Sara nodded, her face solemn. “Yes. He said that he thought it might be used to kill people, instead of keeping them safe. So he made it that people had to choose, that it couldn’t kill anyone.”
“How do you know this, Sara?” I took a step closer to her. She didn’t seem to register my presence moving in towards her. “Did it try to convince you to join, too?”
“Try to convince me,” she repeated, her eyes closing. “It’s… it’s not different. It was waiting for me, but to rejoin it.”
“What are you talking about?” There was something behind her, pressing down the blades of grass. I couldn’t make out the details, hidden beneath the long blades, but it stretched away, wandering back and forth, down the hill away from the town…
“I can feel them,” she said, still looking straight ahead, off at nothing. “Everyone’s inside my head, but they aren’t deafening me. They’re just sort of listening, like they want to offer me advice if I need it.”
I could see that, whatever it was snaking through the grass, seemed to lead up to Sara. I took another step closer to her, dropping down to one knee. Dew felt wet against my pants as I sank down to my knees, down to her level. She still looked off in the distance, not acknowledging me.
There was something coming from the back of her head, sure enough, in with her hair and almost covered. I reached out, following its path down, reaching to pick it up where it entered the grass…
I wrapped my fingers around it – and then dropped it, recoiling. It pulsed, alive, at my touch! It felt like a warm cord, like skin, like wet meat, fresh off a carcass!
“What the hell!?” I exclaimed. I reached out again, this time preparing myself for what I was about to touch. I picked it up, traced it up towards Sara. It ran up her back, mingling in amid the strands of her hair, connecting to the back of her skull…
My fingers gingerly probed the connection. I couldn’t feel any sort of differentiation. It was a part of her, as if it was her own skin, a growth from her body.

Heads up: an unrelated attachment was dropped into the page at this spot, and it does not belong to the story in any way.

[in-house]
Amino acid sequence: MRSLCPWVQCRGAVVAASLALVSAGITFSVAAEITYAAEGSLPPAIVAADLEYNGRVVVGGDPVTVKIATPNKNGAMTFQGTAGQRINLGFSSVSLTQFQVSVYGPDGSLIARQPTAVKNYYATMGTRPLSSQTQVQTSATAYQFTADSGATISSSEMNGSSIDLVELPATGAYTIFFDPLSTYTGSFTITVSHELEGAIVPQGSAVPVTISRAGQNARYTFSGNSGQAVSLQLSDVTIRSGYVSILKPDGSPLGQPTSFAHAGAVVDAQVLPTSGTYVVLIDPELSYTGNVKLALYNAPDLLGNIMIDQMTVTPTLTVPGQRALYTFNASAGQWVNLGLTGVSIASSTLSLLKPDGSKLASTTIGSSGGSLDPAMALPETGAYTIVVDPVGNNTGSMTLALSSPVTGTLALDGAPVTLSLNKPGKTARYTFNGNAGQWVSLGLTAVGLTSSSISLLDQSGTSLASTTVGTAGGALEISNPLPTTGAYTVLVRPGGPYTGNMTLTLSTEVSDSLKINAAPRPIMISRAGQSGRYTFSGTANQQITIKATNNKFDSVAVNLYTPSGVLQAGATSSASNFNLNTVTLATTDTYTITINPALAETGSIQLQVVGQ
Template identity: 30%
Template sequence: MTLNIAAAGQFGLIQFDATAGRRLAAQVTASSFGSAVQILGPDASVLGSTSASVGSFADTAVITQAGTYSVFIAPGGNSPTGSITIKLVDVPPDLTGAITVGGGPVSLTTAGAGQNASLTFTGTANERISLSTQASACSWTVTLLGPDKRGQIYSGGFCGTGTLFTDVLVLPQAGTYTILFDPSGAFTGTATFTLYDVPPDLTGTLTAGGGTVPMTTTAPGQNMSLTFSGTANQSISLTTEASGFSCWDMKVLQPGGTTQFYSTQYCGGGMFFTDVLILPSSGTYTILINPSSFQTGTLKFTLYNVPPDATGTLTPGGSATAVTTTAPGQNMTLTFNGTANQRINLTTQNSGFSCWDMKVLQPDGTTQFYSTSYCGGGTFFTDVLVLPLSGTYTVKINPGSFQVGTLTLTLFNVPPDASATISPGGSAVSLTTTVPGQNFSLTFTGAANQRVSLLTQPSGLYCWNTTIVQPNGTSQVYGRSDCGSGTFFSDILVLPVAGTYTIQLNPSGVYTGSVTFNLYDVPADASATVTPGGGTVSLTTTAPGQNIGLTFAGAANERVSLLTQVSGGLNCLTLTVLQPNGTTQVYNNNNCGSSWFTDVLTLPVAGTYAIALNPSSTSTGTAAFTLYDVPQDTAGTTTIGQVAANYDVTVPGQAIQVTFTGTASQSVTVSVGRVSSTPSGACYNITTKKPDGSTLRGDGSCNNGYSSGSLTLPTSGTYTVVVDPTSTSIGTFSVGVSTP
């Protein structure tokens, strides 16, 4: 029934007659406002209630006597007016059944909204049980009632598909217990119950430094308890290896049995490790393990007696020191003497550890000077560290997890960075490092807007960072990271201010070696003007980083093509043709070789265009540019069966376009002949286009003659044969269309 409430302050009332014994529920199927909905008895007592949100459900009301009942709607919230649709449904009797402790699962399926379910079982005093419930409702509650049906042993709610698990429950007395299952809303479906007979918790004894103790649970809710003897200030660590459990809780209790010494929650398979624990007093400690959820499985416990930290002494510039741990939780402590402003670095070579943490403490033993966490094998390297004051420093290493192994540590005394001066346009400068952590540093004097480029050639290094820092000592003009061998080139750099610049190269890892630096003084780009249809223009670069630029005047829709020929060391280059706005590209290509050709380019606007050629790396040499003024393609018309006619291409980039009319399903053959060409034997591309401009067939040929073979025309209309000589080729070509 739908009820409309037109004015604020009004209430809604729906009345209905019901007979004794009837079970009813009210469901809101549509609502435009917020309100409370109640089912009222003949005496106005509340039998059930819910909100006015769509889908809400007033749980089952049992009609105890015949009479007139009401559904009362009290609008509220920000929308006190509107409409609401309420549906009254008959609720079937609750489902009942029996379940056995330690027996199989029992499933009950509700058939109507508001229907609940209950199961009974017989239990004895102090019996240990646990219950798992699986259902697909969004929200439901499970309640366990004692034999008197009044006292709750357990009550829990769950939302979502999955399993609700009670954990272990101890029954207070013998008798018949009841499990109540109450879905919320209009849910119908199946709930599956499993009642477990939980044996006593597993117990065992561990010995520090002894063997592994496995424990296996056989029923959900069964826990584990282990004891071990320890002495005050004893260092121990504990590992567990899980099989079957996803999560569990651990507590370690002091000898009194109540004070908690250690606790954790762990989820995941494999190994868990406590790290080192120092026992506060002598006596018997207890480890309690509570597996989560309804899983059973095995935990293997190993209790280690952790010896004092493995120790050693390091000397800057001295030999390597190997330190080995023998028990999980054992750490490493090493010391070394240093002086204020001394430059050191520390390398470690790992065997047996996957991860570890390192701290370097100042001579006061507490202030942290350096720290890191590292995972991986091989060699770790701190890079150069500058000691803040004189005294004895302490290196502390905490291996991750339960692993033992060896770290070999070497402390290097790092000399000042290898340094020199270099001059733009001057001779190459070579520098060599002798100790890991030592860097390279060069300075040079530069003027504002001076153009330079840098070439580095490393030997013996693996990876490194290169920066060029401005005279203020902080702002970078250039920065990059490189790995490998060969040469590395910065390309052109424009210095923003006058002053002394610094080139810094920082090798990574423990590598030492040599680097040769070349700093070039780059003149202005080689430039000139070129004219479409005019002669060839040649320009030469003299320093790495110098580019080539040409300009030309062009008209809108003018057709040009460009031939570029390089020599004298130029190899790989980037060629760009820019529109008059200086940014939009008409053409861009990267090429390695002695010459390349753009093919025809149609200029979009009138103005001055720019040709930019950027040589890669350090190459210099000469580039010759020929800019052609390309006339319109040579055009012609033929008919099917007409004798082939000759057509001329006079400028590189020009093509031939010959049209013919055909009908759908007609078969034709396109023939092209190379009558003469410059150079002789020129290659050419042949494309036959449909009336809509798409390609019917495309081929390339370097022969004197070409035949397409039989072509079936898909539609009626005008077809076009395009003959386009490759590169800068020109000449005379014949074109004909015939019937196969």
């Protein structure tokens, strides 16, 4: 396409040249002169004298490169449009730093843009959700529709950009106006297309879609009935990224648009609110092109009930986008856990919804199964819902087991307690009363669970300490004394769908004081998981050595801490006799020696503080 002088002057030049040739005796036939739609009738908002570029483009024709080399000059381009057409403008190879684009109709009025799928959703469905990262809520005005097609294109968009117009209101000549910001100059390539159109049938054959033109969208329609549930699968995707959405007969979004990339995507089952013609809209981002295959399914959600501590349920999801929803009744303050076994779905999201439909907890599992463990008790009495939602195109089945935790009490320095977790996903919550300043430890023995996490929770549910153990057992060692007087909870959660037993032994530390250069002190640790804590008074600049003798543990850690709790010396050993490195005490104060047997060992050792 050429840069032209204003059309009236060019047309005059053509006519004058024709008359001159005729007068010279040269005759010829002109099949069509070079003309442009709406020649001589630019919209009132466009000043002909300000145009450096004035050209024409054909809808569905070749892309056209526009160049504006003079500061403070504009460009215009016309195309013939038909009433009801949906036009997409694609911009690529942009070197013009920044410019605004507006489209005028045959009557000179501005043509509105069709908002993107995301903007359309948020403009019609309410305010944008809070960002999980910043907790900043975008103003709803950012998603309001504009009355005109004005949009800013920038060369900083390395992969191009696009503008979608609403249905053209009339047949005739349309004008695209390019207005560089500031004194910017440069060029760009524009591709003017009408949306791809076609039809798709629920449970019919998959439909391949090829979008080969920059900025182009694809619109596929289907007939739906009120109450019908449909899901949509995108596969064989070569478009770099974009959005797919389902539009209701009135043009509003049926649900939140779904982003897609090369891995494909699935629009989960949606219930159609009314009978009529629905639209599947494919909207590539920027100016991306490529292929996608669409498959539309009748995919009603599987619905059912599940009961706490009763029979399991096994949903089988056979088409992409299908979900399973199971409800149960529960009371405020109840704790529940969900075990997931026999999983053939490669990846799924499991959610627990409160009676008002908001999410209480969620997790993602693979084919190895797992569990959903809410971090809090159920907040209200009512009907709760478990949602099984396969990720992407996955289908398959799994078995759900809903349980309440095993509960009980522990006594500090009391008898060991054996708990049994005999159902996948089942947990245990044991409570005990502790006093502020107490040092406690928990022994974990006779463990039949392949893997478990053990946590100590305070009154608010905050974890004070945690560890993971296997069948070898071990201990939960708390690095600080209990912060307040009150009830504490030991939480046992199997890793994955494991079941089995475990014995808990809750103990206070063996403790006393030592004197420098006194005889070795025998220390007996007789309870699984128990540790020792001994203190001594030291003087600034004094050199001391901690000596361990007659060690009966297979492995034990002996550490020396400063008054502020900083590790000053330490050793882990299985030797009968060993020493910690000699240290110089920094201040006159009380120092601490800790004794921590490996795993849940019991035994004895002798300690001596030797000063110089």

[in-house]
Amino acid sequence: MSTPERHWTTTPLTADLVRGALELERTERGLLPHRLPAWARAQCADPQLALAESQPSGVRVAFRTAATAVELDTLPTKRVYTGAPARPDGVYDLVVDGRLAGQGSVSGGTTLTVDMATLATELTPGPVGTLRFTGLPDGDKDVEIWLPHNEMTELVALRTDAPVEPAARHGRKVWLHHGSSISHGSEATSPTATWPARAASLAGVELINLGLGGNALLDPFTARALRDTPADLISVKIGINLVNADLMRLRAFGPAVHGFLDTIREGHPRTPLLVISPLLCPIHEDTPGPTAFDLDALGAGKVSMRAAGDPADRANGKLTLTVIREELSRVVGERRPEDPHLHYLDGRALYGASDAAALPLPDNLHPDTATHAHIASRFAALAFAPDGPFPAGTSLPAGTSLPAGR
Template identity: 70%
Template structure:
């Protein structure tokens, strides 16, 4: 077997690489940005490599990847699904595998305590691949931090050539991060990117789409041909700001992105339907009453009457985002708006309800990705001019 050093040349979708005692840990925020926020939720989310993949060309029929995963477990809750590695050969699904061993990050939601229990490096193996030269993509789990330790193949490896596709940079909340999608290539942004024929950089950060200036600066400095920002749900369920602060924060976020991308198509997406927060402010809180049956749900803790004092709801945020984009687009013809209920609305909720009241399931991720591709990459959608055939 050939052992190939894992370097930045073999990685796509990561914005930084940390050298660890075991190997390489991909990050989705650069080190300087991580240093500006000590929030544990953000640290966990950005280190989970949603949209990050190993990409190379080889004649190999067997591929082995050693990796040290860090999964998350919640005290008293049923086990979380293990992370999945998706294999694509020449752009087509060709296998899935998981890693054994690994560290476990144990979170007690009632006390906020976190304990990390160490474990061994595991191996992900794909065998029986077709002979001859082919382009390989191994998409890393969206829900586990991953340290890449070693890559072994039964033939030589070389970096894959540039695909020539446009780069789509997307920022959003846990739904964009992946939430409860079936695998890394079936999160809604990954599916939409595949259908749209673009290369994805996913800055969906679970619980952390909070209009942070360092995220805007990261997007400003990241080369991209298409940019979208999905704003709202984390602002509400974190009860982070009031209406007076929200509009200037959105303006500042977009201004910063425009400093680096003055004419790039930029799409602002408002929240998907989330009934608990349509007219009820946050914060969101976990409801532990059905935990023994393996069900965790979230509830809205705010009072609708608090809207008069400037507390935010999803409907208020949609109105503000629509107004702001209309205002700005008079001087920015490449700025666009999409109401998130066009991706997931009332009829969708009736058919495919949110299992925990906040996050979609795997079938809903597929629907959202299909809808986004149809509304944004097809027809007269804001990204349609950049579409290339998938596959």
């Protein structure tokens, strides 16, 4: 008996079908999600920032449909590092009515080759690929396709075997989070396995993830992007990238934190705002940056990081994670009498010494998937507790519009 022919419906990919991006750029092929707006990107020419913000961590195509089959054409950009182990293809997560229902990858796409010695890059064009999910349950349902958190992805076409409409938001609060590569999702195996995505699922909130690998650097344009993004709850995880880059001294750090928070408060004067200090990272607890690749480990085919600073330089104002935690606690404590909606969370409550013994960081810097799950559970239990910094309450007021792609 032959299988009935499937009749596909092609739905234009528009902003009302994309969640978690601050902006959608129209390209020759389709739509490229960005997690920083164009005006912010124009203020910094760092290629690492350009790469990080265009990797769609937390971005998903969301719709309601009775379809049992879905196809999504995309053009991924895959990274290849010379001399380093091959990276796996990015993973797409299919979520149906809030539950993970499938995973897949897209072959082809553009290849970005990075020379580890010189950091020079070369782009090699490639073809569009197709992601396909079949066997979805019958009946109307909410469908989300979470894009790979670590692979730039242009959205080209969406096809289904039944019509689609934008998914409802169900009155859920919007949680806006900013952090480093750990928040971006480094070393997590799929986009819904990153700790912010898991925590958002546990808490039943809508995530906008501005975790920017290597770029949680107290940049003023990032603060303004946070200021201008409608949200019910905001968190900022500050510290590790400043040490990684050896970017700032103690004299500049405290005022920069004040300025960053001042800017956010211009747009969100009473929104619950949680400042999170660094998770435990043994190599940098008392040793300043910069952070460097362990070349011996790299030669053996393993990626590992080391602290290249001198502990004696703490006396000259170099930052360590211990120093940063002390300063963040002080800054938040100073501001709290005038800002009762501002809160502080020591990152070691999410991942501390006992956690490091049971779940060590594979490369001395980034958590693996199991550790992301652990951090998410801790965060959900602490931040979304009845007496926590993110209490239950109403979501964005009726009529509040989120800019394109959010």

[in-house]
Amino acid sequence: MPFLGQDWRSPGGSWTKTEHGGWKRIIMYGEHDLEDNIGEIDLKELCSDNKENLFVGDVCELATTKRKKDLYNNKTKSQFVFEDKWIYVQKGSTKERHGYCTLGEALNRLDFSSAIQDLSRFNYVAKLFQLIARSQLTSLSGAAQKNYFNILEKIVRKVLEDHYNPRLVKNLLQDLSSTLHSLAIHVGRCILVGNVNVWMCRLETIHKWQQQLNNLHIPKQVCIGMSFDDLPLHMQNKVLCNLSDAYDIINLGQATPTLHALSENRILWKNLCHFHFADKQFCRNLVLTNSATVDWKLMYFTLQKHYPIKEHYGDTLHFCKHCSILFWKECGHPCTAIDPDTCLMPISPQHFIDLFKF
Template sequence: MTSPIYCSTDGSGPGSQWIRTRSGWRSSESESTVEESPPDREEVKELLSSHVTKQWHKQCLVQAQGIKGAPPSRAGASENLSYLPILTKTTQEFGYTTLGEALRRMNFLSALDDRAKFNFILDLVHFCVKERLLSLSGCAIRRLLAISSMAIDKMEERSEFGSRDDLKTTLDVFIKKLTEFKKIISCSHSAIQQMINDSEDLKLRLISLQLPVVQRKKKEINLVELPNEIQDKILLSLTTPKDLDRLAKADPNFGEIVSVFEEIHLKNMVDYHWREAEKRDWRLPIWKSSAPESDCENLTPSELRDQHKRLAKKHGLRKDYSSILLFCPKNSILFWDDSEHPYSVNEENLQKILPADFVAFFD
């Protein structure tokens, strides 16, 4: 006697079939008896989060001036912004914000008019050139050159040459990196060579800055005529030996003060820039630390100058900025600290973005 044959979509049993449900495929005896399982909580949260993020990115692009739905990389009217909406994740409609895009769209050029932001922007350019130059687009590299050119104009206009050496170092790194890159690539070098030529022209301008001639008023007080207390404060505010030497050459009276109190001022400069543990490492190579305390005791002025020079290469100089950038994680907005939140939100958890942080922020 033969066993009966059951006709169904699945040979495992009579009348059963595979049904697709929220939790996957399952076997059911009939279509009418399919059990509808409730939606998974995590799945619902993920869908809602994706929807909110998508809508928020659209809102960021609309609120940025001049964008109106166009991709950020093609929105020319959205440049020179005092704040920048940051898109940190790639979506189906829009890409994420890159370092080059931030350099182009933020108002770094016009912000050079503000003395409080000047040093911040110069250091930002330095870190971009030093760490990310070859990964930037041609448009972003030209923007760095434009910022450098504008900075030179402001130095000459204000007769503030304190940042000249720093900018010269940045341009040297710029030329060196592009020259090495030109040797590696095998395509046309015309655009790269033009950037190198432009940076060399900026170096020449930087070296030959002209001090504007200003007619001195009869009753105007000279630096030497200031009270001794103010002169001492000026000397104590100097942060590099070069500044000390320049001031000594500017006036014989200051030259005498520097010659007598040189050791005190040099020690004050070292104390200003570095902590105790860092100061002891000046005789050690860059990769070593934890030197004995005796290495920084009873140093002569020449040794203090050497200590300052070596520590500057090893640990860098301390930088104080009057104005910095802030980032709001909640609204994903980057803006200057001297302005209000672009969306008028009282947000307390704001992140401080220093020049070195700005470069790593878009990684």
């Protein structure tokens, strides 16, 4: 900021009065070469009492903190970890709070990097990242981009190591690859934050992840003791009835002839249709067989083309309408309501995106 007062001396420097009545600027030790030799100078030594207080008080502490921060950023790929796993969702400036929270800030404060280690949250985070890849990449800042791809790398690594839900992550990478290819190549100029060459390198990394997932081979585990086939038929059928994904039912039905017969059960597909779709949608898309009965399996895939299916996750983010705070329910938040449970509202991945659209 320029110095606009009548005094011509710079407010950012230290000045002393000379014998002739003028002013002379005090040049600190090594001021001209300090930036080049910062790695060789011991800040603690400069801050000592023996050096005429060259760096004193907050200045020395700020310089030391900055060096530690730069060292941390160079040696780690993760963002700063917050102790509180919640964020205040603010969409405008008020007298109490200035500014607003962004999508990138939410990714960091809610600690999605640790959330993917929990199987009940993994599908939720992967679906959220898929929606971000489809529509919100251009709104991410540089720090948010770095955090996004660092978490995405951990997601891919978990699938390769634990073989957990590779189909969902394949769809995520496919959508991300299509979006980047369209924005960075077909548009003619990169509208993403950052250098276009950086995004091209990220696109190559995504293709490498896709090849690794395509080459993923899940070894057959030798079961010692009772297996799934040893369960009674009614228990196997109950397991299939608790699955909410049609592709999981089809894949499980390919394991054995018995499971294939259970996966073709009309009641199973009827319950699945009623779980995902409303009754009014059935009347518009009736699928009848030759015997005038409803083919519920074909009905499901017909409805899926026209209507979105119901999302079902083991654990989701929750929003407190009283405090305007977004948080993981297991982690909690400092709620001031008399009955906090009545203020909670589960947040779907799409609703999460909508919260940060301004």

I turned and looked in the other direction. It stretched away, down the grass, running down the hill. I lifted it a little higher, saw it twitch all the way to the base of the hill where I couldn’t pick it out any further from the other brush and plants.
“Sara.” My voice felt hollow inside my mouth. “What is this?”
She turned back towards me, her eyes focusing on me again. Her turning motion plucked the cord out of my hands, swishing it through the grass. “It’s the network,” she said. “It’s out there. See?”
She pointed, and I looked past her, off into the distance in the opposite direction of the town. Inland. “I don’t see anything.”
“Now watch.” She lifted her hand, her fingers crooking upwards as if wrapped around an invisible ball.
And out in the distance, huge blades, white and bigger than mountains, burst up from the ground. They shot up into the air, curling slightly, shedding tons of earth and sending waves of vibration back up the hill to us. They curled around, twisted and thrashed…
…and looked almost exactly like the upwardly crooked fingers of Sara’s hand.
“See?” she said, as I looked back and forth, my mouth hanging open, unable to believe it. “It’s listening to me.”
She shrugged. “I think my daddy made it for me,” she said. “He says he can’t tell me everything, but that’s a start.”
To be continued…